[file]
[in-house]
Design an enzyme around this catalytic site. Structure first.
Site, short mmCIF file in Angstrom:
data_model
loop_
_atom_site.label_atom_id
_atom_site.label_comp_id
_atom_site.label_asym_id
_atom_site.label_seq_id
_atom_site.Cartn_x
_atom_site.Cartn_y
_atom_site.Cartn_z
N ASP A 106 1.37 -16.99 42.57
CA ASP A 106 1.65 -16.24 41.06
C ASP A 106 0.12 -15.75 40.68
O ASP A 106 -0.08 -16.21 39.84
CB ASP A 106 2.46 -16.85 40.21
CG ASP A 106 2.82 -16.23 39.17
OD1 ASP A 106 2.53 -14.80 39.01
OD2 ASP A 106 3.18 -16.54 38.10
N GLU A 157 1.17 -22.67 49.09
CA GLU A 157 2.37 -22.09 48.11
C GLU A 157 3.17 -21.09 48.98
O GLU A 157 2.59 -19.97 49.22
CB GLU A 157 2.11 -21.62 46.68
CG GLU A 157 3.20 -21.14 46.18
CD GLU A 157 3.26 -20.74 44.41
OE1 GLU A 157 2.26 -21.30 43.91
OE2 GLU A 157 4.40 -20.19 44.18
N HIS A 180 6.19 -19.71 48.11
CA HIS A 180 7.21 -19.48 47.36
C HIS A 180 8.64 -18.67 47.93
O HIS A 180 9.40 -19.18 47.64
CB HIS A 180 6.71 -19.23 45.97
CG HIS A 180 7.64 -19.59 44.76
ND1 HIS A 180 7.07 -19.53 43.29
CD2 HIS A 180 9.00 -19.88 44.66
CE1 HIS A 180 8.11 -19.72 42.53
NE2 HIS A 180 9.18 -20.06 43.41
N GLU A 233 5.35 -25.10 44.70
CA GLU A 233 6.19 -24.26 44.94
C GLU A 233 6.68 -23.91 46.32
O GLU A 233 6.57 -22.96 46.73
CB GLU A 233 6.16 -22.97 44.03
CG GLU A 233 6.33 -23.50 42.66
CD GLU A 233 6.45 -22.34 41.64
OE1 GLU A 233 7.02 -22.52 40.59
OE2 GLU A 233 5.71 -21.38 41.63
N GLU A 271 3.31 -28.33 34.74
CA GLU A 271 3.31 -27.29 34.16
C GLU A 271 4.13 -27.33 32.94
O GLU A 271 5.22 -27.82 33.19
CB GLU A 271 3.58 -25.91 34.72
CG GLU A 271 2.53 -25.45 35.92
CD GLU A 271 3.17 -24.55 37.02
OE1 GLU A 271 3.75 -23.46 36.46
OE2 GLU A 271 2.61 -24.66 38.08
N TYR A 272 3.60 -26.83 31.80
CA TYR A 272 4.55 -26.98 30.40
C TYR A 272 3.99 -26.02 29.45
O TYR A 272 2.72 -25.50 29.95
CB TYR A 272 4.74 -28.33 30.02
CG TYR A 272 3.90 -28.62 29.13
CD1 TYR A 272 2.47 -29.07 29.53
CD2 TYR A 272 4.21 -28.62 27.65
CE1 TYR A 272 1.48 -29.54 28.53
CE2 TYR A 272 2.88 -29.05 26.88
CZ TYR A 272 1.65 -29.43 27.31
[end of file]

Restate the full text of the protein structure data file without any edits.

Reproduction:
[in-house]
Design an enzyme around this catalytic site. Structure first.
Site, short mmCIF file in Angstrom:
data_model
loop_
_atom_site.label_atom_id
_atom_site.label_comp_id
_atom_site.label_asym_id
_atom_site.label_seq_id
_atom_site.Cartn_x
_atom_site.Cartn_y
_atom_site.Cartn_z
N ASP A 106 1.37 -16.99 42.57
CA ASP A 106 1.65 -16.24 41.06
C ASP A 106 0.12 -15.75 40.68
O ASP A 106 -0.08 -16.21 39.84
CB ASP A 106 2.46 -16.85 40.21
CG ASP A 106 2.82 -16.23 39.17
OD1 ASP A 106 2.53 -14.80 39.01
OD2 ASP A 106 3.18 -16.54 38.10
N GLU A 157 1.17 -22.67 49.09
CA GLU A 157 2.37 -22.09 48.11
C GLU A 157 3.17 -21.09 48.98
O GLU A 157 2.59 -19.97 49.22
CB GLU A 157 2.11 -21.62 46.68
CG GLU A 157 3.20 -21.14 46.18
CD GLU A 157 3.26 -20.74 44.41
OE1 GLU A 157 2.26 -21.30 43.91
OE2 GLU A 157 4.40 -20.19 44.18
N HIS A 180 6.19 -19.71 48.11
CA HIS A 180 7.21 -19.48 47.36
C HIS A 180 8.64 -18.67 47.93
O HIS A 180 9.40 -19.18 47.64
CB HIS A 180 6.71 -19.23 45.97
CG HIS A 180 7.64 -19.59 44.76
ND1 HIS A 180 7.07 -19.53 43.29
CD2 HIS A 180 9.00 -19.88 44.66
CE1 HIS A 180 8.11 -19.72 42.53
NE2 HIS A 180 9.18 -20.06 43.41
N GLU A 233 5.35 -25.10 44.70
CA GLU A 233 6.19 -24.26 44.94
C GLU A 233 6.68 -23.91 46.32
O GLU A 233 6.57 -22.96 46.73
CB GLU A 233 6.16 -22.97 44.03
CG GLU A 233 6.33 -23.50 42.66
CD GLU A 233 6.45 -22.34 41.64
OE1 GLU A 233 7.02 -22.52 40.59
OE2 GLU A 233 5.71 -21.38 41.63
N GLU A 271 3.31 -28.33 34.74
CA GLU A 271 3.31 -27.29 34.16
C GLU A 271 4.13 -27.33 32.94
O GLU A 271 5.22 -27.82 33.19
CB GLU A 271 3.58 -25.91 34.72
CG GLU A 271 2.53 -25.45 35.92
CD GLU A 271 3.17 -24.55 37.02
OE1 GLU A 271 3.75 -23.46 36.46
OE2 GLU A 271 2.61 -24.66 38.08
N TYR A 272 3.60 -26.83 31.80
CA TYR A 272 4.55 -26.98 30.40
C TYR A 272 3.99 -26.02 29.45
O TYR A 272 2.72 -25.50 29.95
CB TYR A 272 4.74 -28.33 30.02
CG TYR A 272 3.90 -28.62 29.13
CD1 TYR A 272 2.47 -29.07 29.53
CD2 TYR A 272 4.21 -28.62 27.65
CE1 TYR A 272 1.48 -29.54 28.53
CE2 TYR A 272 2.88 -29.05 26.88
CZ TYR A 272 1.65 -29.43 27.31